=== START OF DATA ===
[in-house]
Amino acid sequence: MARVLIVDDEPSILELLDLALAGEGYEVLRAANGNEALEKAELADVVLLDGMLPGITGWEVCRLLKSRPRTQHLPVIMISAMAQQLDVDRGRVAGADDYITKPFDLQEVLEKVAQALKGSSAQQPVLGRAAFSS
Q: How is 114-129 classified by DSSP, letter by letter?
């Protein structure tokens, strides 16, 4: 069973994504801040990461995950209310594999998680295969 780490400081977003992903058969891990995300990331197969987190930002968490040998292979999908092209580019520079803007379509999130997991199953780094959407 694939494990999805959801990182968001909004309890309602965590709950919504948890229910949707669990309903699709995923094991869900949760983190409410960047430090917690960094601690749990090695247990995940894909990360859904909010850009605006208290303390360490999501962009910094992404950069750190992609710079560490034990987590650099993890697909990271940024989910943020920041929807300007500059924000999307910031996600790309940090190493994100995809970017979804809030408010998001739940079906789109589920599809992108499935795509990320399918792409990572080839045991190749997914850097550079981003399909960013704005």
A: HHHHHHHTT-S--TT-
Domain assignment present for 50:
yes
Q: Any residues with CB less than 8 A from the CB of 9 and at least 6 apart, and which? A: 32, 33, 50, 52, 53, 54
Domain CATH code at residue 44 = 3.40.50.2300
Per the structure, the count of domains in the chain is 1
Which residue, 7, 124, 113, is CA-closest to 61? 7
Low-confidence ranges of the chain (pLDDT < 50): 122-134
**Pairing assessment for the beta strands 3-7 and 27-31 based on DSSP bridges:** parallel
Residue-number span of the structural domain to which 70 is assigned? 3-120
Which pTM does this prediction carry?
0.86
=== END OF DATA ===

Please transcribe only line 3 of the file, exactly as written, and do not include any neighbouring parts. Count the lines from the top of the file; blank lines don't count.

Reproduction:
Q: How is 114-129 classified by DSSP, letter by letter?